Ultimate BTS Song Guide: All 97 Tracks, Ranked
Amid their five year anniversary (June 13), superstar South Korean music group BTS continues to take the U.S. by storm, charming over fans old and new with their addictive choruses, flawless choreography and winning personalities. With so many songs in their ever-growing discography—97 to be exact—if you’re a new member of their fanbase, the ARMY, it might seem impossible to find the right place to properly start listening to the group. Should it be the BTS’ first 2013 release, 2 COOL 4 SKOOL, or how about their most recent album, Love Yourself: Tear?
Thankfully, the rest of BTS’ worldwide ARMY has your back: Using a poll, PopCrush asked BTS’ dedicated fanbase to vote for their favorite songs in order to accurately rank BTS’ music from the fans’ perspective. (In the voting process, we did not include the group’s many Japanese releases or remixes, as well as the intros, outros or skits where the members recorded conversations instead of songs.)
Based on the fandom’s responses, we’ve compiled the list of BTS’ most popular songs, as ranked according to the ARMY. Want to see where your favorite lands on the list? Let’s get started!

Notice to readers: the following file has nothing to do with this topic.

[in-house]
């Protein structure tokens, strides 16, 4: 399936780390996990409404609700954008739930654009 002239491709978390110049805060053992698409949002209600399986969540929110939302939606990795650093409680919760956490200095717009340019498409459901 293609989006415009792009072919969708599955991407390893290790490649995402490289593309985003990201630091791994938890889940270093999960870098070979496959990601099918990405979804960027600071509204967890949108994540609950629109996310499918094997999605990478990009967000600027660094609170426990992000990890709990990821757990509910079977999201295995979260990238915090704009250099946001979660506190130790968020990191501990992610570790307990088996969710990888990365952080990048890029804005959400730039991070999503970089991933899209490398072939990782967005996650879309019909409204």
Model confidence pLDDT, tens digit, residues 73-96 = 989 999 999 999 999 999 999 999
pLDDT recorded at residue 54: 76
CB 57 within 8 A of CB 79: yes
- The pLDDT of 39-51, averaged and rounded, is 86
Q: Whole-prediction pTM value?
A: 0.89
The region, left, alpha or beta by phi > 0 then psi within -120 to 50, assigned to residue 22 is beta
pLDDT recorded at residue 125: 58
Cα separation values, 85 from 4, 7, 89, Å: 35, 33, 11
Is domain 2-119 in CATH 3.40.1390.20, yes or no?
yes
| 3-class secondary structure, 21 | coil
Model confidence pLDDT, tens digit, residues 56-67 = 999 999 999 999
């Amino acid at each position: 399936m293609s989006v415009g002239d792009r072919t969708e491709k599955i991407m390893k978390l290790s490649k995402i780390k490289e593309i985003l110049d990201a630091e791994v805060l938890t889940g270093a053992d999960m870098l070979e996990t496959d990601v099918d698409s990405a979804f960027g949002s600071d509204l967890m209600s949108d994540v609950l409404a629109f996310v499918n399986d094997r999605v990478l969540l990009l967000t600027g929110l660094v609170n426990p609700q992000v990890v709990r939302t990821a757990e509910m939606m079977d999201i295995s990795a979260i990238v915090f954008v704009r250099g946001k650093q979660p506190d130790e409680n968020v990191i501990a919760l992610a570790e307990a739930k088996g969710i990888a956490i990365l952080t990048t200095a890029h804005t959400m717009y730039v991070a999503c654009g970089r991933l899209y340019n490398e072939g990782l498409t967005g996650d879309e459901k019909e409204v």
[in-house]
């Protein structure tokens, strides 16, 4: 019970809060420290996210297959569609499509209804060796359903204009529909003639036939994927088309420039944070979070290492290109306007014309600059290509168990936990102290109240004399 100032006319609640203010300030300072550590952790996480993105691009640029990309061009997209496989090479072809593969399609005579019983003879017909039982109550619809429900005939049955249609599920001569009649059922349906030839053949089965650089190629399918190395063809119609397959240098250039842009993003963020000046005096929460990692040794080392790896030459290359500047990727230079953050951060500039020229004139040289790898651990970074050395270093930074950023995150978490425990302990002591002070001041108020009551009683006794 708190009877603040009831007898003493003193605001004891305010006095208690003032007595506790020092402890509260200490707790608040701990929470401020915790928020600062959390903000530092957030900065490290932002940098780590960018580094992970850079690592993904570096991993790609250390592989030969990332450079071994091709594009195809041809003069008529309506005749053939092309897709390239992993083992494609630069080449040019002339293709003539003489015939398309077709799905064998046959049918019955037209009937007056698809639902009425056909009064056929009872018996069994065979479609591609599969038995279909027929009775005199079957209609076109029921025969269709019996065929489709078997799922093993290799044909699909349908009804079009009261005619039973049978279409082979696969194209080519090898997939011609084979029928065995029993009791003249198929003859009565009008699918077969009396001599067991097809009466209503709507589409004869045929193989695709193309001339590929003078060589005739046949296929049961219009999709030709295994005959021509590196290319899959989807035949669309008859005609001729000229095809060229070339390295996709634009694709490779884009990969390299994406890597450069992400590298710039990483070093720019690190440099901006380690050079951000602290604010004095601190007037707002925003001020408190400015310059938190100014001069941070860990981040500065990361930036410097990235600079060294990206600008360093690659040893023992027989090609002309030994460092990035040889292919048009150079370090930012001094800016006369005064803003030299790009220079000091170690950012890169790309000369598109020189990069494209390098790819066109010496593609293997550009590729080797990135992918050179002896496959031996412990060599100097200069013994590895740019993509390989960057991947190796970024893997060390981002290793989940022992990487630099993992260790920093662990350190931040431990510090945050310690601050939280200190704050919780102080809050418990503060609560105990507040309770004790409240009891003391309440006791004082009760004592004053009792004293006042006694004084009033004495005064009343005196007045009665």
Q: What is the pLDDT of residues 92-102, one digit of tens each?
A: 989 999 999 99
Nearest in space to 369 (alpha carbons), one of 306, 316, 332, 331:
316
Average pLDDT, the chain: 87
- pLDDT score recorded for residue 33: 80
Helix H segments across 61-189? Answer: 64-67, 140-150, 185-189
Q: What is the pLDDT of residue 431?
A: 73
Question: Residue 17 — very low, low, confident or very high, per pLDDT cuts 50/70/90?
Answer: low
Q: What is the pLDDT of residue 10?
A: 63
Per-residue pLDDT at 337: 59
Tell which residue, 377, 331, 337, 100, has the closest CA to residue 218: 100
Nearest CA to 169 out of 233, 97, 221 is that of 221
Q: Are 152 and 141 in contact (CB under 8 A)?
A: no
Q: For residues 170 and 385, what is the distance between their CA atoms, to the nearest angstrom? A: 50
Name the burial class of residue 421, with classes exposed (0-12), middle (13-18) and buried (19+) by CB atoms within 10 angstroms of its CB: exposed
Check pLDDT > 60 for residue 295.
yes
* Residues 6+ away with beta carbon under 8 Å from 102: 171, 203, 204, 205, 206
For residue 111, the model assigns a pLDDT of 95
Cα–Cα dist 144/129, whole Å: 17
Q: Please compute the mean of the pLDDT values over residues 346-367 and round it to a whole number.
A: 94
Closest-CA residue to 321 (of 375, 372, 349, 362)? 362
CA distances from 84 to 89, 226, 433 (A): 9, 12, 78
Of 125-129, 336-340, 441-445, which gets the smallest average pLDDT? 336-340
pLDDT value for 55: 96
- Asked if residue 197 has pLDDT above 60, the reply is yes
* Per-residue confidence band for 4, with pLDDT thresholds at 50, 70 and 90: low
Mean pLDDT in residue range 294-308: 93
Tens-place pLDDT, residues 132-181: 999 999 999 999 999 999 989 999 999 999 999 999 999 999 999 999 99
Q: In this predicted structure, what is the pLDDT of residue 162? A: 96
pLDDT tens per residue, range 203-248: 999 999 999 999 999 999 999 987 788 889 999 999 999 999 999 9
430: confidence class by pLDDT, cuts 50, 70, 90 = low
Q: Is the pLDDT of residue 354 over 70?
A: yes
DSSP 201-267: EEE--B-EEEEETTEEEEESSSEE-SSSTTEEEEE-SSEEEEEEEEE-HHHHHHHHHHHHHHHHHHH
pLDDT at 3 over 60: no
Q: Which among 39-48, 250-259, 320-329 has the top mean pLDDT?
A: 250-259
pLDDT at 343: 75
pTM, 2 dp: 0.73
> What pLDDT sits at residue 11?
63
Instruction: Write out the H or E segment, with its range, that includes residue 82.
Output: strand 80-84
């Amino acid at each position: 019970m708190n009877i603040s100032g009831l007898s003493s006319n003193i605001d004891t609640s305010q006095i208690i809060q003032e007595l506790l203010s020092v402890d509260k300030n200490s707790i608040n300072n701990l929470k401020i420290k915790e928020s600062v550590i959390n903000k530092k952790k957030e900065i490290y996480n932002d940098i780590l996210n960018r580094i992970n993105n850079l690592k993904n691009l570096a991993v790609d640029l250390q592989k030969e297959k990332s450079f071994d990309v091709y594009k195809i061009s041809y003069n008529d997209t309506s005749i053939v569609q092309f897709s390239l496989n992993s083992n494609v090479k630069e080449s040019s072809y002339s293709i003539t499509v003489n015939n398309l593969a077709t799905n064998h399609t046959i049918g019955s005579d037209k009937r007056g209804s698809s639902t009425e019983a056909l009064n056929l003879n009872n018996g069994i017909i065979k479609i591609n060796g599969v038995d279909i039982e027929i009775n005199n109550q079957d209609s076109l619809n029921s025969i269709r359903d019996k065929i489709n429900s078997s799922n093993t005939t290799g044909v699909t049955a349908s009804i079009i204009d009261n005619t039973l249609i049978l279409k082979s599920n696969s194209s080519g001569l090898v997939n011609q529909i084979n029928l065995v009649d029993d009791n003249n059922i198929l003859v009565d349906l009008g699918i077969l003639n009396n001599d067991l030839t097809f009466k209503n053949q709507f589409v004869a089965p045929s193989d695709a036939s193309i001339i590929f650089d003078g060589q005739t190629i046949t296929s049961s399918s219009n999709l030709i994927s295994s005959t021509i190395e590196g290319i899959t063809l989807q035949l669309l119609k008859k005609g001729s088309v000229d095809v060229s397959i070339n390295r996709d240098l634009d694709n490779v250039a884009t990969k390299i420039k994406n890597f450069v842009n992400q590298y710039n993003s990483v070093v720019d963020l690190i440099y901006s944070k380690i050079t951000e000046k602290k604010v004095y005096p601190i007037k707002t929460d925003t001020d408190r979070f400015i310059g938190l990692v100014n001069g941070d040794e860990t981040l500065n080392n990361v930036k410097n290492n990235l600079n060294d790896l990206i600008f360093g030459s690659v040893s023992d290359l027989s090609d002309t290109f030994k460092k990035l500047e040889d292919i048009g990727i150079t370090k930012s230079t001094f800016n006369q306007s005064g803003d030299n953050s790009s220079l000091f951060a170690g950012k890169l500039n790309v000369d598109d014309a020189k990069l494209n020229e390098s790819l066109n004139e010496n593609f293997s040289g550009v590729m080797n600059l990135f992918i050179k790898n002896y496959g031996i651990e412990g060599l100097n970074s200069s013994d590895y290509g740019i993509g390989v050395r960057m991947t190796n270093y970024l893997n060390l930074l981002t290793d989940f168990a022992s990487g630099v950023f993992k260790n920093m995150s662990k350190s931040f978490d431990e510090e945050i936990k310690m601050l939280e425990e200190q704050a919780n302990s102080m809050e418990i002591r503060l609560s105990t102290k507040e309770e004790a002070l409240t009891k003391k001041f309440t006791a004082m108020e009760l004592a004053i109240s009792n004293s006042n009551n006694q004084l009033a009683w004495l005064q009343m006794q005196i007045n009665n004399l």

BTS has had a sweet side since making their debut, and that can be seen on “24/7=Heaven,” a glittering track from the perspective of a lovesick teenage boy about to go on his first date.
An easy listening, slow-grooving R&B song, “Outro: Luv In Skool” closes out BTS’ 2013 EP O!RUL8,2? on happy note.
The first of BTS’ iconic cyphers is J-Hope, RM and Suga’s fiery clapback to jealous haters. The rap line asserts their dominance as real rappers that demand not to be disregarded just because they are part of the K-pop industry.
Without a doubt, “Converse High” was made to create an identity crisis between BTS fans. What are we supposed to do when RM and J-Hope say they love girls who wear high-top Converse, but Suga says he likes girls who wear Jordans? And what about when Jimin says to never wear low-top Converse? Can’t we all just get along?
RM kicks off the group’s 2013 EP with some sage advice, all in English: “Nothing lasts forever / You only live once / So live your life, not any other’s life / Take chances and never regret, never / Never be late to do what you wanna do right now.”
A mid-tempo hip-hop song inspired by both Nas’ 1996 rendition and Kurtis Blow’s 1985 original song of the same name.
A brutal introduction to the highly celebrated The Most Beautiful Moment in Life Part 1, Suga’s solo rap is an open exploration of fear, peer pressure and the unknown that is faced by a teenager on the cusp of adulthood.